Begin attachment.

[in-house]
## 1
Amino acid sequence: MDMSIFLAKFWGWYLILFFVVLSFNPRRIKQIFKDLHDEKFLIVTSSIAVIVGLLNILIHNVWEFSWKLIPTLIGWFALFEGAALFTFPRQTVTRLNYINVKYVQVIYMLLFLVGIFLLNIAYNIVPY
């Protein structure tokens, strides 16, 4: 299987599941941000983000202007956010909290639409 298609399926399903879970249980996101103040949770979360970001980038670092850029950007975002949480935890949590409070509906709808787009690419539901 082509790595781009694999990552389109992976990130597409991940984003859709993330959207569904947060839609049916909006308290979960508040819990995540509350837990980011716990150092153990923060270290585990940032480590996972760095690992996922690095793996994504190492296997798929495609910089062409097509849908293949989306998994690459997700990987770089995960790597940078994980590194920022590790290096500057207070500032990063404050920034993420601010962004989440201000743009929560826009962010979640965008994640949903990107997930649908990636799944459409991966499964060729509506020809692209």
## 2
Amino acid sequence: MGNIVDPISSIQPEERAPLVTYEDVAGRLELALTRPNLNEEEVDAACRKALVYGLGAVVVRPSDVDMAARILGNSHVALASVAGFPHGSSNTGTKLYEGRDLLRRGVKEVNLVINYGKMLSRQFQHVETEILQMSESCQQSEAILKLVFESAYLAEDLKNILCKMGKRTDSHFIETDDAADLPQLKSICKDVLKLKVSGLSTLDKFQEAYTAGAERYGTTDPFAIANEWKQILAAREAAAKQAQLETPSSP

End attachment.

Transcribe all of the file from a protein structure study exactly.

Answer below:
[in-house]
## 1
Amino acid sequence: MDMSIFLAKFWGWYLILFFVVLSFNPRRIKQIFKDLHDEKFLIVTSSIAVIVGLLNILIHNVWEFSWKLIPTLIGWFALFEGAALFTFPRQTVTRLNYINVKYVQVIYMLLFLVGIFLLNIAYNIVPY
């Protein structure tokens, strides 16, 4: 299987599941941000983000202007956010909290639409 298609399926399903879970249980996101103040949770979360970001980038670092850029950007975002949480935890949590409070509906709808787009690419539901 082509790595781009694999990552389109992976990130597409991940984003859709993330959207569904947060839609049916909006308290979960508040819990995540509350837990980011716990150092153990923060270290585990940032480590996972760095690992996922690095793996994504190492296997798929495609910089062409097509849908293949989306998994690459997700990987770089995960790597940078994980590194920022590790290096500057207070500032990063404050920034993420601010962004989440201000743009929560826009962010979640965008994640949903990107997930649908990636799944459409991966499964060729509506020809692209």
## 2
Amino acid sequence: MGNIVDPISSIQPEERAPLVTYEDVAGRLELALTRPNLNEEEVDAACRKALVYGLGAVVVRPSDVDMAARILGNSHVALASVAGFPHGSSNTGTKLYEGRDLLRRGVKEVNLVINYGKMLSRQFQHVETEILQMSESCQQSEAILKLVFESAYLAEDLKNILCKMGKRTDSHFIETDDAADLPQLKSICKDVLKLKVSGLSTLDKFQEAYTAGAERYGTTDPFAIANEWKQILAAREAAAKQAQLETPSSP